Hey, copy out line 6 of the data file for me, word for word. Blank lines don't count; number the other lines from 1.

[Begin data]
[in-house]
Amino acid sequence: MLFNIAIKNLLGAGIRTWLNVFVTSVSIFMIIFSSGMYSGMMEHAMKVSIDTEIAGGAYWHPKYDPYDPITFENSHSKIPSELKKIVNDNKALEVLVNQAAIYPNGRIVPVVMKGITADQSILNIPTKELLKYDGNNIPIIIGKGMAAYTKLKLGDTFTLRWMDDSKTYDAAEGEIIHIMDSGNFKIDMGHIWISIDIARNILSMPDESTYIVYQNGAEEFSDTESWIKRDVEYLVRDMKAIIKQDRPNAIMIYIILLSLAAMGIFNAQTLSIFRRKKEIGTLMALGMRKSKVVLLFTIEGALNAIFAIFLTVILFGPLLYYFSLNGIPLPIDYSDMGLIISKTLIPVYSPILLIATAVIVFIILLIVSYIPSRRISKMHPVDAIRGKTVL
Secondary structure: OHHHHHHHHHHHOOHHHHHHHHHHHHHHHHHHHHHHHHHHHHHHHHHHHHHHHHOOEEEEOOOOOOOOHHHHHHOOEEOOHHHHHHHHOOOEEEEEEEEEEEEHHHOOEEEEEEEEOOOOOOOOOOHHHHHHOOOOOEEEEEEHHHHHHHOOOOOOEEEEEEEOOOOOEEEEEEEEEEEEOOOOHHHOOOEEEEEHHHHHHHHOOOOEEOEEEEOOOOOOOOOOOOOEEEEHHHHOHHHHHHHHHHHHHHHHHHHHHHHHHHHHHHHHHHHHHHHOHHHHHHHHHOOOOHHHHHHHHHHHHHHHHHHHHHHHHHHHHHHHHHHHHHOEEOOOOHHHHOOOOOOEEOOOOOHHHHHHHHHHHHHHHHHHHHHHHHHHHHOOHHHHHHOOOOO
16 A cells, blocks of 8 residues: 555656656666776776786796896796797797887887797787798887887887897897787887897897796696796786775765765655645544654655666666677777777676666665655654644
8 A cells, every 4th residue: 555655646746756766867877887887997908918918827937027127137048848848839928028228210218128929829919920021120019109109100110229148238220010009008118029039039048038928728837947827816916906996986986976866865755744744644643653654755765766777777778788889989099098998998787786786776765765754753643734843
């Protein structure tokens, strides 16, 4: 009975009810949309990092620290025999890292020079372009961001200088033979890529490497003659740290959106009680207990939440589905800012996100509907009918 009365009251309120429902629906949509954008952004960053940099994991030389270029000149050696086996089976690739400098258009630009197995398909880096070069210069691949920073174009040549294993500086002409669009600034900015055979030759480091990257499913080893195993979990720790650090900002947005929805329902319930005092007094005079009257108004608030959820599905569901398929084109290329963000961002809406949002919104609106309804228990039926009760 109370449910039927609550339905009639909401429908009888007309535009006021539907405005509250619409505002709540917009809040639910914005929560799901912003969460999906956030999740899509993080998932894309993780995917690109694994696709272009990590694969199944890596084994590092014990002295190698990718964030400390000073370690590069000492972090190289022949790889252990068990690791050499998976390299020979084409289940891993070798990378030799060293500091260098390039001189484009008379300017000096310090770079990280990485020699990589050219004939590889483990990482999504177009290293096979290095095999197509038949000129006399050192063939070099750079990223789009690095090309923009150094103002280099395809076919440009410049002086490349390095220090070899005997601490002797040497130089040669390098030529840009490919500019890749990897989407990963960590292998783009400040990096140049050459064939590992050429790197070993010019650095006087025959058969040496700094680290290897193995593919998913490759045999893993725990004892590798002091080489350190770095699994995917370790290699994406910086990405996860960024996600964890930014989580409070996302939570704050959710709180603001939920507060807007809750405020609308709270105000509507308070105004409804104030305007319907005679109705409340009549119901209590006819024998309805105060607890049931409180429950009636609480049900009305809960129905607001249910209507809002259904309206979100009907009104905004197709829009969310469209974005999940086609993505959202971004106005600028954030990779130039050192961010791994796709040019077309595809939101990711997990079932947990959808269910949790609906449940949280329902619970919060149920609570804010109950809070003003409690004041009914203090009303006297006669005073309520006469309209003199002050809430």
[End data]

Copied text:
């Protein structure tokens, strides 16, 4: 009975009810949309990092620290025999890292020079372009961001200088033979890529490497003659740290959106009680207990939440589905800012996100509907009918 009365009251309120429902629906949509954008952004960053940099994991030389270029000149050696086996089976690739400098258009630009197995398909880096070069210069691949920073174009040549294993500086002409669009600034900015055979030759480091990257499913080893195993979990720790650090900002947005929805329902319930005092007094005079009257108004608030959820599905569901398929084109290329963000961002809406949002919104609106309804228990039926009760 109370449910039927609550339905009639909401429908009888007309535009006021539907405005509250619409505002709540917009809040639910914005929560799901912003969460999906956030999740899509993080998932894309993780995917690109694994696709272009990590694969199944890596084994590092014990002295190698990718964030400390000073370690590069000492972090190289022949790889252990068990690791050499998976390299020979084409289940891993070798990378030799060293500091260098390039001189484009008379300017000096310090770079990280990485020699990589050219004939590889483990990482999504177009290293096979290095095999197509038949000129006399050192063939070099750079990223789009690095090309923009150094103002280099395809076919440009410049002086490349390095220090070899005997601490002797040497130089040669390098030529840009490919500019890749990897989407990963960590292998783009400040990096140049050459064939590992050429790197070993010019650095006087025959058969040496700094680290290897193995593919998913490759045999893993725990004892590798002091080489350190770095699994995917370790290699994406910086990405996860960024996600964890930014989580409070996302939570704050959710709180603001939920507060807007809750405020609308709270105000509507308070105004409804104030305007319907005679109705409340009549119901209590006819024998309805105060607890049931409180429950009636609480049900009305809960129905607001249910209507809002259904309206979100009907009104905004197709829009969310469209974005999940086609993505959202971004106005600028954030990779130039050192961010791994796709040019077309595809939101990711997990079932947990959808269910949790609906449940949280329902619970919060149920609570804010109950809070003003409690004041009914203090009303006297006669005073309520006469309209003199002050809430």